There you go, down the road, wobbly fast on your bicycle, the Joker laughing behind you. The bike is fire engine red with a yellow flame at the back, the same colours as Superman’s S, with a great big noisy bell you love to ding-a-ling. You’ve had it three years now, yelped like an eejit when you got it, cried like a baby at its first scratch. But you were a little kid then. You’re much bigger now, grown so much the seat and bars are all the way up as high as they can go.
The back wheel makes a great noise when you put a playing card on it. For some reason the Joker is the best, you don’t know why, one card is as good as another, but anyway you love the thrashing clack-clack-clack of it like a motor engine, and now whee! you’re zooming down the hill, then to Mr. Ibrahim and his slick-back hair and his wee white smile and you’re counting out loud, pacing the journey. Eighty-nine spins of the pedals is the fastest you’ve done from your front door to his, and you just know it’s the Joker’s smile that sped you up.
You like Mr. Ibrahim and Mr. Ibrahim likes you. He always smiles his wee white smile at you and Mammy when you walk by the shop, and he always gives you a penny sweet when Mammy sends you down to get the messages. Tell your mother I will have her slices done just right for her, says Mr. Ibrahim, and this part you love, almost as much as you love the Joker grinning in the back wheel of your bike, the whizz of the cutting and the ham flopping out from one end, like a big dog sticking out its tongue. The wax paper has the feel of something slick, like wet leaves, and the pink smell of the meat sends your tummy into a growl.
Your mother, she’s a proper elegant lady, he says smiling, and you’re lost in his wee white shiny teeth.
He’s not big like Daddy and his face is a squashed football and he always smells of lemons even though he doesn’t sell lemons. I swear he uses Persil for deodorant, Daddy says, probably cuts a hole in the box and rubs the stuff all over.
Clack-clack-clack goes the Joker and you’re pedalling hard now, uphill back to home, heaving and puffing and struggling, but you can see the steeple waving at you from the rise of the hill, and you know all you have to do is count backwards now, ten more pedal-spins to the top, ten nine eight puff again seven six five huff again four three two where’s Daddy is he home yet you wonder . . . and one! woo-hoo!
Mammy takes the ham slices from you and kisses your head. She’s beautiful. You know because the men outside Mackey’s pub always smile at her and touch their caps when she passes and you heard one of them call her a fine thing. Her eyes are big and blue like the sky in summer. You tell her Mr. Ibrahim says she’s a proper elegant lady and her big blue eyes go even bigger and she gives you a queer look.
You saved your penny sweet until you got back, until you’d huffed against the wind and whizzed past the church and now you’re back and it’s warm inside and you’re sweating a bit, and the cola sweet fizzes in your mouth and you’re hanging on for Daddy to come home. From when you’re home after school to when he gets back from work is sometimes as long as four hours. You tried to count it once in seconds but you lost your way somewhere around seven hundred.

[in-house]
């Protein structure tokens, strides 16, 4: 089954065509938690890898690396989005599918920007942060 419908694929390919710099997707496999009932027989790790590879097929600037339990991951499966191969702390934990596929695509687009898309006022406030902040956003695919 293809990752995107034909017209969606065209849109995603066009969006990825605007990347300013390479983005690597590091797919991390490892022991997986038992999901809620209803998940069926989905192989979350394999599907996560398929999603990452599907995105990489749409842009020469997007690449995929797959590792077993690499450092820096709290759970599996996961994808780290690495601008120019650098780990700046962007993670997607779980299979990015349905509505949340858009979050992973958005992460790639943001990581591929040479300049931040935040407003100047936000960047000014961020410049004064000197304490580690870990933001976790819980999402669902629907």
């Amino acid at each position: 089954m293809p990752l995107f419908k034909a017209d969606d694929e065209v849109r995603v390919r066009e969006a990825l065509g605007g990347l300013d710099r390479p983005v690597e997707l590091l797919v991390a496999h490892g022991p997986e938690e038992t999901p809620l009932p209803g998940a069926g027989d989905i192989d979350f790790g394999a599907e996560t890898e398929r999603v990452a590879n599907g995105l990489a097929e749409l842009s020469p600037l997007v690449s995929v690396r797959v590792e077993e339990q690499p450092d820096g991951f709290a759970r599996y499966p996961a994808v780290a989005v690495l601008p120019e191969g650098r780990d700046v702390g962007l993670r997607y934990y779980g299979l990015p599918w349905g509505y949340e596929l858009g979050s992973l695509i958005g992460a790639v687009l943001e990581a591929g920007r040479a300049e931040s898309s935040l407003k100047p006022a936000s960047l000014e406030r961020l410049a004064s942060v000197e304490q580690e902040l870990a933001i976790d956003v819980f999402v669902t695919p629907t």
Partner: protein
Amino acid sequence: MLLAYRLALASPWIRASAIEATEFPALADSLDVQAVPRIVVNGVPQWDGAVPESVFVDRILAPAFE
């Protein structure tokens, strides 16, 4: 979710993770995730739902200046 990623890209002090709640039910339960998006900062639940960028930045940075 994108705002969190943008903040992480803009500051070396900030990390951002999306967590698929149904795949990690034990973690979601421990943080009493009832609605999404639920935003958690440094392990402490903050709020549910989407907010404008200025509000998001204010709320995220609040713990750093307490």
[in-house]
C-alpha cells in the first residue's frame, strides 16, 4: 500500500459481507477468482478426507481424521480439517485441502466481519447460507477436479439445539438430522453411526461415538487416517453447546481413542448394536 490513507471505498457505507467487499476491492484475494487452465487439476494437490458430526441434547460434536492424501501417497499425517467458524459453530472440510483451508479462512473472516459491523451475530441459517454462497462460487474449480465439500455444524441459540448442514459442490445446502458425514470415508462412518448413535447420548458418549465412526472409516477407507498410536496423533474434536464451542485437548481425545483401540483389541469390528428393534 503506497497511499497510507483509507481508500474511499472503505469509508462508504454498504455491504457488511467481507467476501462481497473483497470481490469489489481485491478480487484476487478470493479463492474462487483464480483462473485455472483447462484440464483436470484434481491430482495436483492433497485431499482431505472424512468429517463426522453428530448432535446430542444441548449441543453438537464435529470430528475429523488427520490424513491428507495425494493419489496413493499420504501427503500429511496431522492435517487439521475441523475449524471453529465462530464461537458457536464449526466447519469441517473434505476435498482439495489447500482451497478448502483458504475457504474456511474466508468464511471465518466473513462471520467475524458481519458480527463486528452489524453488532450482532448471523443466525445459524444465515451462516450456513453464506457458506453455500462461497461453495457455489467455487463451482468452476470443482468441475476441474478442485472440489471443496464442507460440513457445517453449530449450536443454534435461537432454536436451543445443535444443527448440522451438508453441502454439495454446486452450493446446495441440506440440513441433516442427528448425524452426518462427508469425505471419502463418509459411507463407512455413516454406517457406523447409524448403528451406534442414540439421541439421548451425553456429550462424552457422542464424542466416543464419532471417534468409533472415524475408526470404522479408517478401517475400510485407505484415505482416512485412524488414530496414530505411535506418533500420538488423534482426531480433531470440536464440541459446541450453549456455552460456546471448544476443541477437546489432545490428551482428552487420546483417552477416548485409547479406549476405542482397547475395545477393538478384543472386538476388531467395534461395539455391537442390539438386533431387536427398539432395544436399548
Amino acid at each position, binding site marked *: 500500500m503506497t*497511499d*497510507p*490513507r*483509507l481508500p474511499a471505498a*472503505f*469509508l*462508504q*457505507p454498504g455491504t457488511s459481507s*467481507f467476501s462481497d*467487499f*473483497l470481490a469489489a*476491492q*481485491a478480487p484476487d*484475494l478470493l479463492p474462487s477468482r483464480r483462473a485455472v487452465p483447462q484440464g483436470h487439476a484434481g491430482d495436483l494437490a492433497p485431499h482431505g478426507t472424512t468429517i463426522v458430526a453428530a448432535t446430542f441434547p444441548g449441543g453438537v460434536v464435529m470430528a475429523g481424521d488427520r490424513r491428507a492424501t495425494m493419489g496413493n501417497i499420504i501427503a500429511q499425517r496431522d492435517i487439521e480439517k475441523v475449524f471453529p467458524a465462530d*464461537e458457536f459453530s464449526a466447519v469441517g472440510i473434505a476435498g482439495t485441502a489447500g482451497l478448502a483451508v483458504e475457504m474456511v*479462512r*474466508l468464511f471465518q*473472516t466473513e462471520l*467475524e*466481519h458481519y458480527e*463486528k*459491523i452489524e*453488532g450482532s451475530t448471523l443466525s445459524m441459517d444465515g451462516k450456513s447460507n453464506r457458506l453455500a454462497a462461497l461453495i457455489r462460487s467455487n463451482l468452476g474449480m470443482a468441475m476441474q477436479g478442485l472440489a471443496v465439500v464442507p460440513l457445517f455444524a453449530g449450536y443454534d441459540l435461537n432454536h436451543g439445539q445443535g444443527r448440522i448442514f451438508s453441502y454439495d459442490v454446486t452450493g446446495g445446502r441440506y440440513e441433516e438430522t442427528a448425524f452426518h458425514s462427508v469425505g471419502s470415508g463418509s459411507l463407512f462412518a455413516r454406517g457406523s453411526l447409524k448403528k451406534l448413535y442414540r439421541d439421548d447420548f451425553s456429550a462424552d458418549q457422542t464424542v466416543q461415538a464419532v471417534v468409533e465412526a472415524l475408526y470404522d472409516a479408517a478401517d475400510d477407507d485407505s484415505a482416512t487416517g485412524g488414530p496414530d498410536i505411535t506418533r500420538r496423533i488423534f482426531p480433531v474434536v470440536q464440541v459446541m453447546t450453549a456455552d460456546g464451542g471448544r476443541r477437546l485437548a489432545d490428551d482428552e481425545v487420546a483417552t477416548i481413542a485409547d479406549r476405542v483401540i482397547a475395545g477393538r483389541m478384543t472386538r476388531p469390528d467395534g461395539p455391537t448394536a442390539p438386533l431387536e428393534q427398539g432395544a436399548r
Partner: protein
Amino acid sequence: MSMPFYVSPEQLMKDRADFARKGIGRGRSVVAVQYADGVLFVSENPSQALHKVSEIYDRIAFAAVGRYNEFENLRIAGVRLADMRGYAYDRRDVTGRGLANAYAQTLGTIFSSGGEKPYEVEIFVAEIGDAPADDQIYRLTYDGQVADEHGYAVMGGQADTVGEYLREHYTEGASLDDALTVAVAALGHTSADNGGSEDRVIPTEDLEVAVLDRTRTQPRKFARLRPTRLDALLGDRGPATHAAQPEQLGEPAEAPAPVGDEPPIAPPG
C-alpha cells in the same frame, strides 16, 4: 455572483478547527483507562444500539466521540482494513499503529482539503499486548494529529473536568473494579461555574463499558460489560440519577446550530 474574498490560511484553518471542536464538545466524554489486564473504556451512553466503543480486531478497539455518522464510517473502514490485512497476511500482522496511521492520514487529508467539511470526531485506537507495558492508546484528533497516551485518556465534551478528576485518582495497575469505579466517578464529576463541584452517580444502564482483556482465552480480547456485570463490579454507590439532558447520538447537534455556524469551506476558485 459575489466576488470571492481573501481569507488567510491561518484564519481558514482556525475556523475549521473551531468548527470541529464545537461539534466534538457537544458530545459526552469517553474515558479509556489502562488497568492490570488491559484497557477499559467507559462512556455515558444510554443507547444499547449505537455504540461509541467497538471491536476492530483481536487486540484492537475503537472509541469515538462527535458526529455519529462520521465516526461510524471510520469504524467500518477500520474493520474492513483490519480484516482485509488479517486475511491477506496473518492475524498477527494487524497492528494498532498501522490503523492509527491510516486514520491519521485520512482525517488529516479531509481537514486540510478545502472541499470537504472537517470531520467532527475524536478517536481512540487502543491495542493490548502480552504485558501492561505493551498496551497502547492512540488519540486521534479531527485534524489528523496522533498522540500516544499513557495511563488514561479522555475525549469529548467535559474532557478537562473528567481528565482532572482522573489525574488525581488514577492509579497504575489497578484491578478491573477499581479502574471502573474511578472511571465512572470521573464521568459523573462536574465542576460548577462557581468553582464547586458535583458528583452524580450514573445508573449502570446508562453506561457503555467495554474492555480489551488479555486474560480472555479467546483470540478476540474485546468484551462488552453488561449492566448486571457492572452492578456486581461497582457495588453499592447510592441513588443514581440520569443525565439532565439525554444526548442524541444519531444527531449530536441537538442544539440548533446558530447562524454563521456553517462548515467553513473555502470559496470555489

Daddy thunders in the door and yells for the Champ. He gets down on his knees so his head is level with your head and puts his hands up and calls for a left-right combo, clench your fists like this, thumbs to the side, double-quick speed, keep your guard up, you can hit harder than that, that’s it, again, now show me your footwork, and so you shuffle your feet. That’s you, his champ, could knock out both Muhammad Ali and Joe Frazier together, one hand tied behind your back, king of the ring, no rope a dope you, no sir. You laugh and Daddy laughs and Mammy’s behind him and you can see how lovely she is, and you love the rough feel of Daddy’s jaw when you hug him, the rasp of stubble against your face and you want to push at it with all your strength. Daddy is suddenly up and says, And it’s time now to show me your footwork, Missis, and he has his hands tight around Mammy, humming and singing that song about how he wants to dance with her cheek up against his cheek, and he’s moving her fast around the kitchen. I’ll spread your cheeks too, he says and Mammy pushes him away and calls him a shocking creature and her face is red now, as red as your bicycle and Daddy’s laughing and Mammy’s hand is to her mouth, a proper elegant lady.
When there’s too many messages for you to carry on your bicycle, Mr. Ibrahim drives up the hill in his clattery car with the stinky exhaust. It smells like curry, says Daddy. But sure he’s what you’d call exotic, isn’t that so, Annie?
You help Mr. Ibrahim carry stuff in and he says, Hold on now, and reaches into his pocket and pulls out a whole bag of fizzy colas. You bound upstairs to count them. Twenty-two! You can hear Mammy and Mr. Ibrahim downstairs laughing. Mammy’s laugh is so lovely, so high and tinkly like a bird. Not a crow or a magpie but a nice bird.